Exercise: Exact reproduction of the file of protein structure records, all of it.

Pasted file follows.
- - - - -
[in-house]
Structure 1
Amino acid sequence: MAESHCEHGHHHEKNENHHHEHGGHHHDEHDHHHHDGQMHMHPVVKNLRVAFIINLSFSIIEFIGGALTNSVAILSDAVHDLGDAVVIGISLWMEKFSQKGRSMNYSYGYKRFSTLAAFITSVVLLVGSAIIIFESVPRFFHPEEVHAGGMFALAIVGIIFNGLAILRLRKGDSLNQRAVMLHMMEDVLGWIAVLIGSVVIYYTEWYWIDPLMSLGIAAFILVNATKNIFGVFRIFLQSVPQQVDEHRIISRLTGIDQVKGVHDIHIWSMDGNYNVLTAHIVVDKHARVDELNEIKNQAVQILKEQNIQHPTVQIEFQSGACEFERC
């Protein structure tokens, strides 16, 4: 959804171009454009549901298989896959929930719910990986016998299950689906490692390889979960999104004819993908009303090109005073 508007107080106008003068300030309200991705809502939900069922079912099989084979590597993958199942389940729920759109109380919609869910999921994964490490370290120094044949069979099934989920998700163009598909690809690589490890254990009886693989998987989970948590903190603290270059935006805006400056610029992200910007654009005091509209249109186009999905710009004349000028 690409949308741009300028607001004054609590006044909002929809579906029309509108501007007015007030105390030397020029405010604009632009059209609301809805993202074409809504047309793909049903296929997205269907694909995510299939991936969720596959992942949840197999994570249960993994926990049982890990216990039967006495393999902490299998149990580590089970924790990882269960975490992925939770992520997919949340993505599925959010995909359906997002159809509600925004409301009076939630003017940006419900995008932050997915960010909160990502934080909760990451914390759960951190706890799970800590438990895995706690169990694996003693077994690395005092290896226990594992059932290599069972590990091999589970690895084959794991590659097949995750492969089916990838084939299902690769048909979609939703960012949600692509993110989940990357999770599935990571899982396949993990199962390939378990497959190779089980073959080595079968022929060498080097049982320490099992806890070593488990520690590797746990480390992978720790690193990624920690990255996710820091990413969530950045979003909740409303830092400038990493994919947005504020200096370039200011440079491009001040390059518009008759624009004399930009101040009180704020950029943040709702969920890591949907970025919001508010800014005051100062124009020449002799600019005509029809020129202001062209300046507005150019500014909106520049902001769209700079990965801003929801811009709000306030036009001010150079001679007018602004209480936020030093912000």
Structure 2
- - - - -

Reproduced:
[in-house]
Structure 1
Amino acid sequence: MAESHCEHGHHHEKNENHHHEHGGHHHDEHDHHHHDGQMHMHPVVKNLRVAFIINLSFSIIEFIGGALTNSVAILSDAVHDLGDAVVIGISLWMEKFSQKGRSMNYSYGYKRFSTLAAFITSVVLLVGSAIIIFESVPRFFHPEEVHAGGMFALAIVGIIFNGLAILRLRKGDSLNQRAVMLHMMEDVLGWIAVLIGSVVIYYTEWYWIDPLMSLGIAAFILVNATKNIFGVFRIFLQSVPQQVDEHRIISRLTGIDQVKGVHDIHIWSMDGNYNVLTAHIVVDKHARVDELNEIKNQAVQILKEQNIQHPTVQIEFQSGACEFERC
């Protein structure tokens, strides 16, 4: 959804171009454009549901298989896959929930719910990986016998299950689906490692390889979960999104004819993908009303090109005073 508007107080106008003068300030309200991705809502939900069922079912099989084979590597993958199942389940729920759109109380919609869910999921994964490490370290120094044949069979099934989920998700163009598909690809690589490890254990009886693989998987989970948590903190603290270059935006805006400056610029992200910007654009005091509209249109186009999905710009004349000028 690409949308741009300028607001004054609590006044909002929809579906029309509108501007007015007030105390030397020029405010604009632009059209609301809805993202074409809504047309793909049903296929997205269907694909995510299939991936969720596959992942949840197999994570249960993994926990049982890990216990039967006495393999902490299998149990580590089970924790990882269960975490992925939770992520997919949340993505599925959010995909359906997002159809509600925004409301009076939630003017940006419900995008932050997915960010909160990502934080909760990451914390759960951190706890799970800590438990895995706690169990694996003693077994690395005092290896226990594992059932290599069972590990091999589970690895084959794991590659097949995750492969089916990838084939299902690769048909979609939703960012949600692509993110989940990357999770599935990571899982396949993990199962390939378990497959190779089980073959080595079968022929060498080097049982320490099992806890070593488990520690590797746990480390992978720790690193990624920690990255996710820091990413969530950045979003909740409303830092400038990493994919947005504020200096370039200011440079491009001040390059518009008759624009004399930009101040009180704020950029943040709702969920890591949907970025919001508010800014005051100062124009020449002799600019005509029809020129202001062209300046507005150019500014909106520049902001769209700079990965801003929801811009709000306030036009001010150079001679007018602004209480936020030093912000």
Structure 2